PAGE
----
Tagsapp, GOTY, phone, sudoku
MUNCIE, Ind. — Linda Schulte, mother for 34 years and recent smartphone owner, announced in a Facebook post today that “Too Much Sudoku,” a free-to-play mobile application based on the popular puzzle game, had established itself as frontrunner for her 2018 “Game of the Year” honor.
“best app I have. finally a reason to own this ipod!!! [sic]” Schulte said. “deb, have you heard of this ‘to much sudoku’ game?”
The post has since received recognition from across Schulte’s social network, including five “Likes” and one “Wow” Facebook reaction, as well as two comments.
Regarding other buzzed-about titles, including “Florence” and “The Room: Old Sins,” Schulte stated: “dont know if ill be able to upload these but ill try!!! (son helped me get sudoku on my phone).”
A follow-up reply asked if her entire list of Facebook friends could see the post, which she explained was “supposed to just be sent to deb.”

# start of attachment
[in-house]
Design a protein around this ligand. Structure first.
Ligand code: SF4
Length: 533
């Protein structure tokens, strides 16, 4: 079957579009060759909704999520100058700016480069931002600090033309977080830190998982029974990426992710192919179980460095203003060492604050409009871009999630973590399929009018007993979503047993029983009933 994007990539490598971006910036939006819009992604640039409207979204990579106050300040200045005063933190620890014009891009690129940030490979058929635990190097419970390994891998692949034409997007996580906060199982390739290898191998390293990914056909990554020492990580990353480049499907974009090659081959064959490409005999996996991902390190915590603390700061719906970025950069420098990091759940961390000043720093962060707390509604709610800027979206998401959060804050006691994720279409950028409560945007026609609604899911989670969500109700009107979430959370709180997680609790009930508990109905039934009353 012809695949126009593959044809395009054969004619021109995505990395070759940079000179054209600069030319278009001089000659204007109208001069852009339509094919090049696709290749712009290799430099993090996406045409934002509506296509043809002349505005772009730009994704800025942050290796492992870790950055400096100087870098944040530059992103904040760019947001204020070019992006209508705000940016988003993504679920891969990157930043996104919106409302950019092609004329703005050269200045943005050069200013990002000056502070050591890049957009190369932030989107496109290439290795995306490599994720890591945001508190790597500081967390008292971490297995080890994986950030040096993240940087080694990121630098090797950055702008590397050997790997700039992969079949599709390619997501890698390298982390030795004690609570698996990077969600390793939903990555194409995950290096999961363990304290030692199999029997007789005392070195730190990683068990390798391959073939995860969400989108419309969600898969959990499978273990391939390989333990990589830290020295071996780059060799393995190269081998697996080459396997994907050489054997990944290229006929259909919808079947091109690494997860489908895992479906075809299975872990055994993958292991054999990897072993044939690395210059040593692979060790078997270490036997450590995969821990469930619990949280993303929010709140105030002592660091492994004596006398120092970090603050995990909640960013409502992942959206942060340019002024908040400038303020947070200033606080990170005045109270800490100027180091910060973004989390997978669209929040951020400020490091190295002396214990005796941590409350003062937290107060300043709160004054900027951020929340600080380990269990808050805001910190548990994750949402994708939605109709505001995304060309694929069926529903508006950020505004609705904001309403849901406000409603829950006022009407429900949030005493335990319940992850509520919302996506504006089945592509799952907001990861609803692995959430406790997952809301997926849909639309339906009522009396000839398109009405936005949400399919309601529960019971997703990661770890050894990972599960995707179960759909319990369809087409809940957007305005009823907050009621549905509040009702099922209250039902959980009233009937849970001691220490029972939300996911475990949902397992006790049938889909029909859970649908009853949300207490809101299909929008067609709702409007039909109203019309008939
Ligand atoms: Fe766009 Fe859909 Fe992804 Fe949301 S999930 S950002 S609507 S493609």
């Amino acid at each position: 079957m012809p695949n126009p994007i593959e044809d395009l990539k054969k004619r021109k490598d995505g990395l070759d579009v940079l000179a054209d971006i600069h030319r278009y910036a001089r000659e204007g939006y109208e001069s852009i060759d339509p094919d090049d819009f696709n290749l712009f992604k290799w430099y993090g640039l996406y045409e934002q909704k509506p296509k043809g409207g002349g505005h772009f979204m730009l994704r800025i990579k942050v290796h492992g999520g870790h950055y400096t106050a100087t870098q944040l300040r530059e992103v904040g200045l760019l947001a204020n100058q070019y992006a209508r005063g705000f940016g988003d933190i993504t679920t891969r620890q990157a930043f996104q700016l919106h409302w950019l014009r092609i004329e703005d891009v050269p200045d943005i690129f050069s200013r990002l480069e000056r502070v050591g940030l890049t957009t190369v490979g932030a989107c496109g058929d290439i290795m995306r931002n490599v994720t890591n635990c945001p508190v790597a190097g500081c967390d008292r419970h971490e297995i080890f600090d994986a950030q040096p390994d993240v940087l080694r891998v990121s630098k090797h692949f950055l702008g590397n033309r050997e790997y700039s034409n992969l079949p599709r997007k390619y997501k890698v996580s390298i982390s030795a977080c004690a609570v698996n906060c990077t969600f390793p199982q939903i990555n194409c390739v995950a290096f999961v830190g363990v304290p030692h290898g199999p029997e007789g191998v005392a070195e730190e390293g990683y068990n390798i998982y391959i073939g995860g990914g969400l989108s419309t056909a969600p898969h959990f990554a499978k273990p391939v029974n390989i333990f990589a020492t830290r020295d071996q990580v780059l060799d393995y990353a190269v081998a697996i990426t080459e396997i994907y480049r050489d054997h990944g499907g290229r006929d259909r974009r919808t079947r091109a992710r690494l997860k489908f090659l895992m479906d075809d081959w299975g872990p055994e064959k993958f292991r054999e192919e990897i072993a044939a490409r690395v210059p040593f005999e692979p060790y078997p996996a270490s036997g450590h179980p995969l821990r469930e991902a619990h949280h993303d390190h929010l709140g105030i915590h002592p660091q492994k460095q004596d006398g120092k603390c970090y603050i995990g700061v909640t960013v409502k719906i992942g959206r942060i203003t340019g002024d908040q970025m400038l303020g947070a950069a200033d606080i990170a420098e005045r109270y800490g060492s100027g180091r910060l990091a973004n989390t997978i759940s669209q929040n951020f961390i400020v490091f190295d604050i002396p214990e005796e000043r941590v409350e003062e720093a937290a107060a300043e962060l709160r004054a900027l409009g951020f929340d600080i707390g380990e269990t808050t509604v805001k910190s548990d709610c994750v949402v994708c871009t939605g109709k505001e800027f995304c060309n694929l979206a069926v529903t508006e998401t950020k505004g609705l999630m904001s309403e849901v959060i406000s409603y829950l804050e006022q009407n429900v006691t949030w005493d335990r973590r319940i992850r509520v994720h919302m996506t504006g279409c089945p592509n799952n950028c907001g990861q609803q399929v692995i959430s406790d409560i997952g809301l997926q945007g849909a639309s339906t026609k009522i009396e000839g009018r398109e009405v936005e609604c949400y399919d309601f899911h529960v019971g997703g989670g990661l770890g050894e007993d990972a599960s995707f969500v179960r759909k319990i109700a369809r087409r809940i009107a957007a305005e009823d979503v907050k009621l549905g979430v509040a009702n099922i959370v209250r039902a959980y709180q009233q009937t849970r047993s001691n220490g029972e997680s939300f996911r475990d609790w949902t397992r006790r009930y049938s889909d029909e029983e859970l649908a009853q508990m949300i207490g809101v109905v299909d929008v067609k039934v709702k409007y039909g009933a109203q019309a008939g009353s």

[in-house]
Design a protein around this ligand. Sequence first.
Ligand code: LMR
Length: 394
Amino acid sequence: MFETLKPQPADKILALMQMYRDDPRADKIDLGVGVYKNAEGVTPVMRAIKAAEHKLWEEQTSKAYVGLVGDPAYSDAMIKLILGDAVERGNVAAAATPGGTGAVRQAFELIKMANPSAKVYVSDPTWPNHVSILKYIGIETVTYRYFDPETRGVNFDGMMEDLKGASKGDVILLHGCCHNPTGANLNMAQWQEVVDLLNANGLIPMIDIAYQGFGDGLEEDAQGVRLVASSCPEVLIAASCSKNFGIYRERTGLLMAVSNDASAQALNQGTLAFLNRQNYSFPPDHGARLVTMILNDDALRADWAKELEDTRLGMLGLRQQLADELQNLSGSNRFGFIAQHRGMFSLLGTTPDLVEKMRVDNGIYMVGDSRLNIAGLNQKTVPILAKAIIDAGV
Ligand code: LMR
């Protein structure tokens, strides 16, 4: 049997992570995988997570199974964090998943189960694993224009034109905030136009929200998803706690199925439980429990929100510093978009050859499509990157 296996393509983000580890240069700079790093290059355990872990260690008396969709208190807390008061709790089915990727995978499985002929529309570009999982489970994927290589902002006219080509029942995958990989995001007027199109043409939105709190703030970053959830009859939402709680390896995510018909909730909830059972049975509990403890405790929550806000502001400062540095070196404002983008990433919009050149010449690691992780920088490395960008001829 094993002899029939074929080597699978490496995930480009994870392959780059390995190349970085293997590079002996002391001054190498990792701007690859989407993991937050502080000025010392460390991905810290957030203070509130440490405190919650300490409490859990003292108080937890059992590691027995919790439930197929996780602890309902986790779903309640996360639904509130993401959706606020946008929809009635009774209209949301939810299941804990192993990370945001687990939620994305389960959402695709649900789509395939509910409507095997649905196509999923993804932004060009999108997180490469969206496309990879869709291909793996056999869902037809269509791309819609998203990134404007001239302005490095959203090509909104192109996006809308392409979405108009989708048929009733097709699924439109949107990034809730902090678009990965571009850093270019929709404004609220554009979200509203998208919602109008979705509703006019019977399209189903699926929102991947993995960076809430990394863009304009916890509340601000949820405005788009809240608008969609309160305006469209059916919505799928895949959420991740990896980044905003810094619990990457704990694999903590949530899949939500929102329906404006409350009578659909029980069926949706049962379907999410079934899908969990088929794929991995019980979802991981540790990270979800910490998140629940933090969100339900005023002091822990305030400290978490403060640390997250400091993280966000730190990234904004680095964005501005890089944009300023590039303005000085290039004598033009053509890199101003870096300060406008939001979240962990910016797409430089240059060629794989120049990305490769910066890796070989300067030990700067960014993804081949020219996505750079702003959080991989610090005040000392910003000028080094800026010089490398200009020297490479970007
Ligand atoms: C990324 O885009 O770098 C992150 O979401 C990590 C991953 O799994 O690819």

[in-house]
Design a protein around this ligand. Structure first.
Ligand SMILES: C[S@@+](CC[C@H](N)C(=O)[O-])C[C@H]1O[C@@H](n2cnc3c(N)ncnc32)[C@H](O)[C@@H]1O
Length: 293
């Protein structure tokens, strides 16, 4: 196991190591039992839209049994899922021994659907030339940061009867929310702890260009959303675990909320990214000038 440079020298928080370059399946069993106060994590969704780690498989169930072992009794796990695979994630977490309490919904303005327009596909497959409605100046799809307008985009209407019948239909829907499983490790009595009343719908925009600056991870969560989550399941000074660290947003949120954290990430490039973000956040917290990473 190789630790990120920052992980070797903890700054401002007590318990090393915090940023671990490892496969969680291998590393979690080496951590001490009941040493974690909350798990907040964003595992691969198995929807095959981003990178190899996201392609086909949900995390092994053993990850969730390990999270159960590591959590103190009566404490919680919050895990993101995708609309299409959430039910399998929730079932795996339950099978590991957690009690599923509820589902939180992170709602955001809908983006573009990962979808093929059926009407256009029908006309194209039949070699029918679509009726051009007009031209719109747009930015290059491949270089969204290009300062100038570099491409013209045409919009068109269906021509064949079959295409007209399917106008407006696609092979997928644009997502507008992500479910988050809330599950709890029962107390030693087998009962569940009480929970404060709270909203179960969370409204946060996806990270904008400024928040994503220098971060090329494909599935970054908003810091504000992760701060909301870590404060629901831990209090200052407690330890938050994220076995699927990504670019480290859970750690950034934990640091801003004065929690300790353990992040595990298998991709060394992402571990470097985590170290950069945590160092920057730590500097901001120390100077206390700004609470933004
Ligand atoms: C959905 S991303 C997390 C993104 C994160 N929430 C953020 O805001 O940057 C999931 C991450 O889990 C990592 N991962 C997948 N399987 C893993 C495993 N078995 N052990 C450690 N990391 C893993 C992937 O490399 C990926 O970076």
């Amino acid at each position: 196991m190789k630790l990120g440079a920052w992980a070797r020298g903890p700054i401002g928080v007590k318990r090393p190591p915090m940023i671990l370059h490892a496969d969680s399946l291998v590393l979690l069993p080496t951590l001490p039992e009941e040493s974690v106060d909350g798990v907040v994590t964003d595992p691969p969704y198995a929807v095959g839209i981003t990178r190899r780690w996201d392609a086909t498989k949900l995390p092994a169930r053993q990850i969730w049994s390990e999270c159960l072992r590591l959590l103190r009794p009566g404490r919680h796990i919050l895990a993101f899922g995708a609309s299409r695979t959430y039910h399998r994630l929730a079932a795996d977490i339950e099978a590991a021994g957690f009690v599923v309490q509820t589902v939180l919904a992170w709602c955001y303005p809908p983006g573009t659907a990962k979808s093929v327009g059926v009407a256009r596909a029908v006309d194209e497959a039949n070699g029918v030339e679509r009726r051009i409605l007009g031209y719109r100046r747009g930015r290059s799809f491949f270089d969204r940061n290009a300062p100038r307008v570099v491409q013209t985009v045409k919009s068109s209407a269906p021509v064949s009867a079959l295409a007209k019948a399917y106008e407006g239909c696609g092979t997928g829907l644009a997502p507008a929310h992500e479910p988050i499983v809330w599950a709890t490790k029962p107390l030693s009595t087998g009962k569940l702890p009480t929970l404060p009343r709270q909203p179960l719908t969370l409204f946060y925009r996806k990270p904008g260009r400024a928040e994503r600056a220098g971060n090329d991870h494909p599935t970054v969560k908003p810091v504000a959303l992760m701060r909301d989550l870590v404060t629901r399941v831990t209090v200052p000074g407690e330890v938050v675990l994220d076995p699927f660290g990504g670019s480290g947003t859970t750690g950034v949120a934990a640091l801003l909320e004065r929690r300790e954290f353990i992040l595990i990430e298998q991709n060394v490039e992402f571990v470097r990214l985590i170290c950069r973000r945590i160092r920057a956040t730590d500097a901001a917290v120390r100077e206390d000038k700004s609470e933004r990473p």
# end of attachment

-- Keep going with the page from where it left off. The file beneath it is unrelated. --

Since acquiring an 8GB iPhone 5C from 31-year-old son Randall, Mrs. Schulte’s gaming habits have changed significantly. Previously, friends and family had known Schulte as “the Jumble queen,” a reference to her skill with the popular syndicated puzzle series.
The installation of “Too Much Sudoku” has led to what Schulte described as “an obsession” in a subsequent Facebook post. “Someone help me to stop playing these addicting sudokus,” said Schulte, before “Haha” reacting to her own post.
Randall Schulte, the second of three children in the family, has also observed the effect the game has had on his mother. “She ran out of memory and started deleting photos of her dogs,” said Schulte. “Photos of grandchildren. I was like, ‘Just get rid of the Sudoku app’ and she swatted me.”
Thanks primarily to Schulte’s endorsement, Too Much Sudoku is expected to garner multiple nominations for this year’s D.I.C.E. Awards, an annual ceremony honoring the best in interactive entertainment hosted by The Academy of Interactive Arts & Sciences (AIAS).
In January IGN gave Too Much Sudoku a 8.8, calling it “a unique combination of number crunching and tic-tac-toe-like strategy that will satisfy fans of puzzlers, even if it doesn’t push the technical envelope.”